Attendance Policy: How To Create The Right One For Your Business
If you run a small business, you may feel that an attendance policy is unnecessa...
Don’t let job abandonment become a problem in your business. Learn how to spot the signs and keep your employees from disappearing.
In this article, we define job abandonment, reveal why it happens, and give you steps to prevent this behavior from affecting your team.
Job abandonment is when a team member is absent from the workplace for several consecutive days without giving prior notice and without communicating when — or if — they will return to work.
Many managers confuse job abandonment with no call, no show absences, but the two are not synonymous.
A no call, no show absence occurs once within a given workweek. You may consider it job abandonment once a no call, no show absence stretches into two, three, or four consecutive days within a given workweek (depending on your policies).
For example, if an employee doesn’t show up for their shift on Tuesday (and doesn’t call you) but then returns to work on Wednesday, that’s a no call, no show absence.
On the other hand, if an employee doesn’t show up for their shift on Tuesday, Wednesday, and Thursday, that’s job abandonment.
In either situation — no call, no show absence or job abandonment — you have an obligation to contact the employee to find out why they didn’t report for work.
No call, no show absences are usually grounds for discipline of some type.
Job abandonment, alternatively, skips the disciplinary steps and goes right to voluntary termination — voluntary, rather than involuntary, because the employee chose to skip work without telling you.
Before you act, though, check local, state, and federal laws regarding job abandonment (e.g., the Family and Medical Leave Act and Disabilities Act) to ensure that you’re not violating your employee’s rights.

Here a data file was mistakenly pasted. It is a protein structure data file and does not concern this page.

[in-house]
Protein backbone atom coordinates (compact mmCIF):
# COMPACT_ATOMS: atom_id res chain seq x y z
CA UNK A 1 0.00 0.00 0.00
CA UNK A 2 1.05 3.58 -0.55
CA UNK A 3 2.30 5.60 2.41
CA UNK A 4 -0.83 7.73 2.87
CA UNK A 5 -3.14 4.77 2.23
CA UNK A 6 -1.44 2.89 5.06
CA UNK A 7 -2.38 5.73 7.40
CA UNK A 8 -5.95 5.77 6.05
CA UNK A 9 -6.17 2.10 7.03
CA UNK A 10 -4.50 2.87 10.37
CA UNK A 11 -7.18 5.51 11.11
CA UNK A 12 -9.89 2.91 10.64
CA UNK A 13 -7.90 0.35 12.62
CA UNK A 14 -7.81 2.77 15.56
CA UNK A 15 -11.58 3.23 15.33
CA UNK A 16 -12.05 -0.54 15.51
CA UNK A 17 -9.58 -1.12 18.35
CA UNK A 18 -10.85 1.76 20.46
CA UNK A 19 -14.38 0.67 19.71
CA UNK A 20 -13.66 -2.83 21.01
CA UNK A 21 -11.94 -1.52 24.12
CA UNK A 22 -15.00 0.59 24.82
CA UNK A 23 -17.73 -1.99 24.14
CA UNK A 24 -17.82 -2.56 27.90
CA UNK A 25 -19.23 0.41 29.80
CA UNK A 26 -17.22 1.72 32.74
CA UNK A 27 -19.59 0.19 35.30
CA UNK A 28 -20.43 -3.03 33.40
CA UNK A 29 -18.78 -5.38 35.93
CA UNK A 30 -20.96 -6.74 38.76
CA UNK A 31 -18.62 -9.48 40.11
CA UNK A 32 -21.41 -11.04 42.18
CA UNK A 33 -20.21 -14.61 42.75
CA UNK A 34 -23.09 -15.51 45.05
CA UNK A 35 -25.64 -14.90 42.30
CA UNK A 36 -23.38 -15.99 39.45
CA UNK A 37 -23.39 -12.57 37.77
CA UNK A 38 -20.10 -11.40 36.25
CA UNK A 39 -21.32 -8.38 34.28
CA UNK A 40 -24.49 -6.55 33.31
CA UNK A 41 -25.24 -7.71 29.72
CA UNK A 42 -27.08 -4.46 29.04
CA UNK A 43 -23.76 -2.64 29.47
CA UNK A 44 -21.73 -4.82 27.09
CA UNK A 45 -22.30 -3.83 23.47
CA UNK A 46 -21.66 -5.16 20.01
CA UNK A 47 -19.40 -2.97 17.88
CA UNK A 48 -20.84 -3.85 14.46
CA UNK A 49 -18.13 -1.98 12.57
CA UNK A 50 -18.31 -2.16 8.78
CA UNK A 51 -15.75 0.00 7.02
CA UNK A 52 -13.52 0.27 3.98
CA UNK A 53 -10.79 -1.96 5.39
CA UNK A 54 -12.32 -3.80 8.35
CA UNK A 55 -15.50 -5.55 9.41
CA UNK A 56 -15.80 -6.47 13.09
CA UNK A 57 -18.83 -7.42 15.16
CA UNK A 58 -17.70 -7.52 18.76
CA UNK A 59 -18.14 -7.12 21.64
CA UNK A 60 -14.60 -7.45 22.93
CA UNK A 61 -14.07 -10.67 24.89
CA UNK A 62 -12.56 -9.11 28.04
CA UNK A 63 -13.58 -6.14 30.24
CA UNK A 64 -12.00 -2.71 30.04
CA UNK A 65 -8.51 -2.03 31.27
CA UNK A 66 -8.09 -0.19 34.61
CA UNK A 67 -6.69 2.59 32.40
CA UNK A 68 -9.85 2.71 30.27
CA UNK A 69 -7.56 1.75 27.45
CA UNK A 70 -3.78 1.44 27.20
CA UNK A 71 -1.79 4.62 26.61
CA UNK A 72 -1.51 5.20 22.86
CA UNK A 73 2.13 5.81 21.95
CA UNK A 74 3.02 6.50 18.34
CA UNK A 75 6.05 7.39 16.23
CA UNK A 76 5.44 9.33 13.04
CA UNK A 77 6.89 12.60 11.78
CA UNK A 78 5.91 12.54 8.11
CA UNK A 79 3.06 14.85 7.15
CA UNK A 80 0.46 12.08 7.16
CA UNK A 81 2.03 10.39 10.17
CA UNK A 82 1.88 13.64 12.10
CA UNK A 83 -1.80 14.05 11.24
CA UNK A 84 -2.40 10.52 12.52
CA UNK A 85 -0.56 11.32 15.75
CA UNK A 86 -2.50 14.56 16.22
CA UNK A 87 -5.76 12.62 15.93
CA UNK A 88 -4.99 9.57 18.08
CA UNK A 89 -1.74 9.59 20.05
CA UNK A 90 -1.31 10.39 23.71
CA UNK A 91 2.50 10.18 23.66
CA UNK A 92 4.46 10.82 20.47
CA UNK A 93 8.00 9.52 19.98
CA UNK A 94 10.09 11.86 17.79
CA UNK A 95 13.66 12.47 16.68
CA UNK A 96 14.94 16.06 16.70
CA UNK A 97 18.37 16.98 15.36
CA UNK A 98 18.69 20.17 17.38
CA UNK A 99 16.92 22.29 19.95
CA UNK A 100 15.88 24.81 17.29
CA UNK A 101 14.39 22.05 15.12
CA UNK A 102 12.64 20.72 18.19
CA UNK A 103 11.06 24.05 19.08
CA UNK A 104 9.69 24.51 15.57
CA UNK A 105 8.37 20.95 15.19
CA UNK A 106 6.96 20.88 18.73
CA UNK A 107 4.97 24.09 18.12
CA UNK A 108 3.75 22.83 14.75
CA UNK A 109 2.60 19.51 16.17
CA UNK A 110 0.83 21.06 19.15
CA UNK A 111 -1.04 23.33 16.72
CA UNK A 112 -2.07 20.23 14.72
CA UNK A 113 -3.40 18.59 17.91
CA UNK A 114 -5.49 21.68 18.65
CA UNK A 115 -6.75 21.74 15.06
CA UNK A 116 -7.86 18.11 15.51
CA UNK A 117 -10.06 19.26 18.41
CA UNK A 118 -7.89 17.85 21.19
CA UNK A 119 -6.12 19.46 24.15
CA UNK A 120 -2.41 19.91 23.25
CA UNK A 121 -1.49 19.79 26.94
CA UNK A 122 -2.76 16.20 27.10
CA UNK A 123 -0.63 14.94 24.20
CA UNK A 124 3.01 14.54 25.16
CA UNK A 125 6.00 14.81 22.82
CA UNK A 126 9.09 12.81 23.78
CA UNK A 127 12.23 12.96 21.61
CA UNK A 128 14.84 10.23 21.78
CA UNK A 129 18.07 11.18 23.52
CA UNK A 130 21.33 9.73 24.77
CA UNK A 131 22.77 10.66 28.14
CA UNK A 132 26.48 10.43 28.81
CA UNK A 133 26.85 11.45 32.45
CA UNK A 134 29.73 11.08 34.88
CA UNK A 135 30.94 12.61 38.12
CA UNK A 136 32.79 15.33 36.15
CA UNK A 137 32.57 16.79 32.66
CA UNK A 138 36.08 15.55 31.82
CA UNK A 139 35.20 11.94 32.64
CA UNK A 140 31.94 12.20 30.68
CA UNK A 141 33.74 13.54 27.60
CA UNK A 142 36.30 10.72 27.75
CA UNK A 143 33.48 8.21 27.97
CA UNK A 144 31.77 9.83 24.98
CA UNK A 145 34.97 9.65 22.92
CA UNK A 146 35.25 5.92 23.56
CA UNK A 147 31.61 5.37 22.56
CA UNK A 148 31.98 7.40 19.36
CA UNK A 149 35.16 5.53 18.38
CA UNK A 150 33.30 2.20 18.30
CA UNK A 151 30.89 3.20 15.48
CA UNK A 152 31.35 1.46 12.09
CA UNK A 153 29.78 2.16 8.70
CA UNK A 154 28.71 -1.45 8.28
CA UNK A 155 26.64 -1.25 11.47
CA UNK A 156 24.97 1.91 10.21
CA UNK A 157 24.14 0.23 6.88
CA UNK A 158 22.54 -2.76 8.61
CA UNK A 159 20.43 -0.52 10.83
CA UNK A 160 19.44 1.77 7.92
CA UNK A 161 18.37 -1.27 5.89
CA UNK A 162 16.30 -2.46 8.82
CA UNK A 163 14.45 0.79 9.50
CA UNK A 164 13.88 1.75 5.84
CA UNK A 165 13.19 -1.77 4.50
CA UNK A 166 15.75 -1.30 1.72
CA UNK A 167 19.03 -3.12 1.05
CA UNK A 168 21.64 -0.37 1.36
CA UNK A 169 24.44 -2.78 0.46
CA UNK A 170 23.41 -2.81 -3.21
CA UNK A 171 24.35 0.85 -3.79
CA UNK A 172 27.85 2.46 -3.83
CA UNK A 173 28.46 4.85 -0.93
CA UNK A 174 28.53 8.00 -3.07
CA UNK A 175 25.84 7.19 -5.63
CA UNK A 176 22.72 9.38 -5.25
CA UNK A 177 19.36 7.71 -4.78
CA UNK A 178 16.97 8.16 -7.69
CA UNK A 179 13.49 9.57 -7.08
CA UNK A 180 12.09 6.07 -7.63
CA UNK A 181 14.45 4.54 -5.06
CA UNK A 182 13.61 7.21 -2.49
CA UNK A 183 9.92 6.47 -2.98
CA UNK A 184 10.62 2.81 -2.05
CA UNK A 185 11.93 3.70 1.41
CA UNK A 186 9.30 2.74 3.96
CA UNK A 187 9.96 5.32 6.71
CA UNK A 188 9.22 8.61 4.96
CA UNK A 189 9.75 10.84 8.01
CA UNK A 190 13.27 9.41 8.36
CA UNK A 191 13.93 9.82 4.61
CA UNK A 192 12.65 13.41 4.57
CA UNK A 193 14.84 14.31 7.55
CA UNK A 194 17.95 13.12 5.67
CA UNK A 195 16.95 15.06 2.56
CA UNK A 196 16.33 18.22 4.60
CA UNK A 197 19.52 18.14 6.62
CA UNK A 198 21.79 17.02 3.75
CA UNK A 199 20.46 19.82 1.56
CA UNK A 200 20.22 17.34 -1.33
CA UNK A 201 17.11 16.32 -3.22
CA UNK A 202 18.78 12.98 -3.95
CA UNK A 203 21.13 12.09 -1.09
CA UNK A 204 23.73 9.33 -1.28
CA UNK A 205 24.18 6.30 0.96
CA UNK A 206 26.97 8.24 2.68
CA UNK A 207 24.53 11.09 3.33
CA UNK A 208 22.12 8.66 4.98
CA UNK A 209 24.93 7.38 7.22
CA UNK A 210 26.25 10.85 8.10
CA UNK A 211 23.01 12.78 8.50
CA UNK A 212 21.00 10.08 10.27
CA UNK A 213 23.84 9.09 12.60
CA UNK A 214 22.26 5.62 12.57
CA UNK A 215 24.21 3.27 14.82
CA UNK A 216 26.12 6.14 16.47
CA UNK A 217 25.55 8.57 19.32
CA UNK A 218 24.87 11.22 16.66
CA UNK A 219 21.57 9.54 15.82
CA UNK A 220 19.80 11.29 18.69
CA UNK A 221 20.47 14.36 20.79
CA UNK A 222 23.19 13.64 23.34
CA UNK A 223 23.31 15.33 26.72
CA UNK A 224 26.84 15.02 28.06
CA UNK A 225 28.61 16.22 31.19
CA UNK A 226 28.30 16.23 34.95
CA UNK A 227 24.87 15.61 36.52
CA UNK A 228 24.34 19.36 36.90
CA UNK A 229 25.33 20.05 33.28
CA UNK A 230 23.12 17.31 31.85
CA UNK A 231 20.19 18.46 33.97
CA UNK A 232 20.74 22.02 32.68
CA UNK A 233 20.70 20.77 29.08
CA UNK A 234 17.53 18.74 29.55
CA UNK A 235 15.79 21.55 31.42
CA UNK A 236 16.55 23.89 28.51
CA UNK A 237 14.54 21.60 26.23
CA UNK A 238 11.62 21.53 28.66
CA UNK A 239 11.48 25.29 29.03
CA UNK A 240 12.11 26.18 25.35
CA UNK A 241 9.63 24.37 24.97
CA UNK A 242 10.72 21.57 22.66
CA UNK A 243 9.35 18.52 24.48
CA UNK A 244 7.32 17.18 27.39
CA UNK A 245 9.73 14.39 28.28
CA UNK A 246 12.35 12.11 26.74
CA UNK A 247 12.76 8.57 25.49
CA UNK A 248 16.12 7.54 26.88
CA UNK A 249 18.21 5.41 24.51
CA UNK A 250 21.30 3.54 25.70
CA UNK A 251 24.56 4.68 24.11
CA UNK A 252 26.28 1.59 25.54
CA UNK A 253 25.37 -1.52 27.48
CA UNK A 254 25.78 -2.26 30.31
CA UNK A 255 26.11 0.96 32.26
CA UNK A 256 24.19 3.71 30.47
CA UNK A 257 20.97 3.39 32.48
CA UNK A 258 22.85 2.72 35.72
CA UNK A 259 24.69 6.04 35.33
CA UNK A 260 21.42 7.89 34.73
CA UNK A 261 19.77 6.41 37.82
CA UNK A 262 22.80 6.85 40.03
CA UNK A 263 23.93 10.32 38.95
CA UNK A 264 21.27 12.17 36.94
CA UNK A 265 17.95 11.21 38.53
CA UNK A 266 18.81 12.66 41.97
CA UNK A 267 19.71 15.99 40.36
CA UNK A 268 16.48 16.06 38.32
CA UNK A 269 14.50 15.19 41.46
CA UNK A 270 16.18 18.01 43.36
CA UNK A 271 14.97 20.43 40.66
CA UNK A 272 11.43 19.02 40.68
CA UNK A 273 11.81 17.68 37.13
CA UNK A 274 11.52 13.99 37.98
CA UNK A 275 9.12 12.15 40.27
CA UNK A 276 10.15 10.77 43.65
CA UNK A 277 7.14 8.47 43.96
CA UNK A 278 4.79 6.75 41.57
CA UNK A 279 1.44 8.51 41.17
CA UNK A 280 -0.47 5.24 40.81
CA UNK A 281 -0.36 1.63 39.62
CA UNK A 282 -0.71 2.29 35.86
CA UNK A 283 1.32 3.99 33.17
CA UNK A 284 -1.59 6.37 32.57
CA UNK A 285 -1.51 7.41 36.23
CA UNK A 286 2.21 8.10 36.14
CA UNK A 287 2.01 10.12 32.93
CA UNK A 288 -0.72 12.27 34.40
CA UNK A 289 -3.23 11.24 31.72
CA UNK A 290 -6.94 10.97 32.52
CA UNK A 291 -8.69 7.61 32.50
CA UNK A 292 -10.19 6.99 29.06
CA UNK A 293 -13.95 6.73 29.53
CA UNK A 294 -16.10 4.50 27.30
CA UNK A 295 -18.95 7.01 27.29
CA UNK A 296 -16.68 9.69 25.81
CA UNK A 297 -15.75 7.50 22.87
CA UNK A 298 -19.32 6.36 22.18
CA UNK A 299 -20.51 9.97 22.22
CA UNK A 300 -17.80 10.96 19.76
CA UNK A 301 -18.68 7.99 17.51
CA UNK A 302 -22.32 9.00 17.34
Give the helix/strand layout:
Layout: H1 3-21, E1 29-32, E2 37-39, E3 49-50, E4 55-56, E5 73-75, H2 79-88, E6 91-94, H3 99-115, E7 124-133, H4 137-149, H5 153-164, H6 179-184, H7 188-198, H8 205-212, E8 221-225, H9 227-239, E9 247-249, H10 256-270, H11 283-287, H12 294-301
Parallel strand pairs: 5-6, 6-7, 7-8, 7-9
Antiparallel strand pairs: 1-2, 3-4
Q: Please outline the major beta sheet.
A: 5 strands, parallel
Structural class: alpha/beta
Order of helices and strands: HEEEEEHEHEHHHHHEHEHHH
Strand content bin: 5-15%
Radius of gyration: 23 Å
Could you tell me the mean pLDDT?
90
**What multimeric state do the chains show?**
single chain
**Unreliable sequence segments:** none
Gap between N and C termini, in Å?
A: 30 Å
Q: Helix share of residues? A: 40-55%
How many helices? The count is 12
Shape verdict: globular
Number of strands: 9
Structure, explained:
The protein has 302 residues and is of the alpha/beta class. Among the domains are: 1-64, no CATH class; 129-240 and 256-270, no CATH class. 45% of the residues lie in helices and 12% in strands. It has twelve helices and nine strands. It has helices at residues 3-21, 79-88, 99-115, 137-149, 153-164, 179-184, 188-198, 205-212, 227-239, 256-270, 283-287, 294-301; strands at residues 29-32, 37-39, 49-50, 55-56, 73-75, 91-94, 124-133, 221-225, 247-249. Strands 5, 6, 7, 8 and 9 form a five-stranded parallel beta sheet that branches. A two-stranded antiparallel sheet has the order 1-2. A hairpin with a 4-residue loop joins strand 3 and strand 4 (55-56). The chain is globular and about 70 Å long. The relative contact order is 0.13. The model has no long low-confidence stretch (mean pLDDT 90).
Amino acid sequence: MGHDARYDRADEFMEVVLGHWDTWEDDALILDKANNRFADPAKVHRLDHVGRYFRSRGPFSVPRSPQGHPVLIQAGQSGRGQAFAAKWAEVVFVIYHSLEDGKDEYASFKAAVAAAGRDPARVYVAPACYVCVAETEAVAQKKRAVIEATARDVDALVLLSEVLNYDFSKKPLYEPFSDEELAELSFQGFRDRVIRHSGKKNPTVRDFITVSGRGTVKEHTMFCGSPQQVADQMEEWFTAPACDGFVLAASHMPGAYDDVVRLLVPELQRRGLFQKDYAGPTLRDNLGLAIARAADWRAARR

There are many reasons why employees abandon their jobs. Chief amongst those reasons are:
Whatever the employee’s motivation may be for not reporting to work, there are steps you can take before they reach that point to help them stay engaged in their job and prevent abandonment from happening.
Every business should have policies in place to deal with absences — be they one-time occurrences that lead to discipline or multiple-day stretches that lead to termination.
Without such policies, employees can start to take advantage of the system. This can result in significant scheduling, efficiency, and morale problems for your business.
One of the best ways to deal with absence problems before they start is to create a specific policy in your employee handbook.
This policy should include the proper methods for handling emergencies and time-off requests. It should then define what constitutes abandonment so your employees know exactly what it is.
Finally, this policy should list the possible consequences of not telling anyone that you’re not coming in to work.
We also recommend hiring a lawyer who is well-versed in your state’s employment laws to review your policy. That way you can be sure you’ve covered all your bases legally in case you have to deal with this type of issue in a court of law.
Periodic performance reviews are an effective way to avoid employee attendance problems before they begin and prevent job abandonment in the long run.
During the employee review, be sure to address both good and bad behaviors, as well as good and bad performance you have noted so that the employee can build on the good and reduce the bad.
Doing so gives the employee something to focus on — improving their performance — and serves as a challenge that keeps them excited about their job.
Schedule your employee reviews every three months to keep your team members focused, engaged, and happy in their work.
Motivating your employees can be a daunting and difficult task — mainly because there are so many different personality types (16 dominant ones at current count).
But when you take the time to identify the personality types that make up your team, you can give your employees tasks that are a fit for the way their brains naturally work.
When you do that, your employees stay motivated and the likelihood that they will abandon their jobs decreases dramatically.
Fringe benefits like medical leave and vacation time not only help to boost morale and enjoyment, but they also reduce the chance that an employee will abandon their job completely.